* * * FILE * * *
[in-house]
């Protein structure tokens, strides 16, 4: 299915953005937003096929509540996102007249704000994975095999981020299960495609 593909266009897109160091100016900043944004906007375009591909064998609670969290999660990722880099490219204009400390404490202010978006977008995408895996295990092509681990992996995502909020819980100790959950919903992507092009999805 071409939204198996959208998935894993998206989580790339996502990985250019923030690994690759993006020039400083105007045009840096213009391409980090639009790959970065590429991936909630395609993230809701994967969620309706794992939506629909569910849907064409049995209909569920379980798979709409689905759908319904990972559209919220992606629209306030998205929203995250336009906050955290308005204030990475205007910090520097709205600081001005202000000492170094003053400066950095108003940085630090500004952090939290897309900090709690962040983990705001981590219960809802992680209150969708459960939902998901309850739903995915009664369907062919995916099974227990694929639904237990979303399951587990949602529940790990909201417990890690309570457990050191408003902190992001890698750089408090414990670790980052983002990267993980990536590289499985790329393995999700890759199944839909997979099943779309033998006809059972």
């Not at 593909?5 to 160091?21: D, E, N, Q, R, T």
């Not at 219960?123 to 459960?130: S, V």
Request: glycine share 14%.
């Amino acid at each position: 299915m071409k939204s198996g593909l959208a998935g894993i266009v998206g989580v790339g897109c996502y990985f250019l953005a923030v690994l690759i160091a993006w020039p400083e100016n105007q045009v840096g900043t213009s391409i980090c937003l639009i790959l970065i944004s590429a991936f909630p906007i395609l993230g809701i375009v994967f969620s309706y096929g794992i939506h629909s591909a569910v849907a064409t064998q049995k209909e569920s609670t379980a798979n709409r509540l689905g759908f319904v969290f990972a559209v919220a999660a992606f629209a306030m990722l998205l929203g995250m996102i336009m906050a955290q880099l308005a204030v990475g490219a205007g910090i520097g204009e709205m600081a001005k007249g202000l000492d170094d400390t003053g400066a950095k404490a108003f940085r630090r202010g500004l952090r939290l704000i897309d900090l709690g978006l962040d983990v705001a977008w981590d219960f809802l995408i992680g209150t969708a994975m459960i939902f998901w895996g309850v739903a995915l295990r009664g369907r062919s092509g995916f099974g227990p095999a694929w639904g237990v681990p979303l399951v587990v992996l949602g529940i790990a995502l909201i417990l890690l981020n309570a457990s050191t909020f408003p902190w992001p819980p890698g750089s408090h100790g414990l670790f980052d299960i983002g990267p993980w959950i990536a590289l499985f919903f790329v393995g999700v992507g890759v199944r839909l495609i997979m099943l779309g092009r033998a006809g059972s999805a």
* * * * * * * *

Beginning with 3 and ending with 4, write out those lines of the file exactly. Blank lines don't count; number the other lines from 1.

């Not at 593909?5 to 160091?21: D, E, N, Q, R, T």
């Not at 219960?123 to 459960?130: S, V």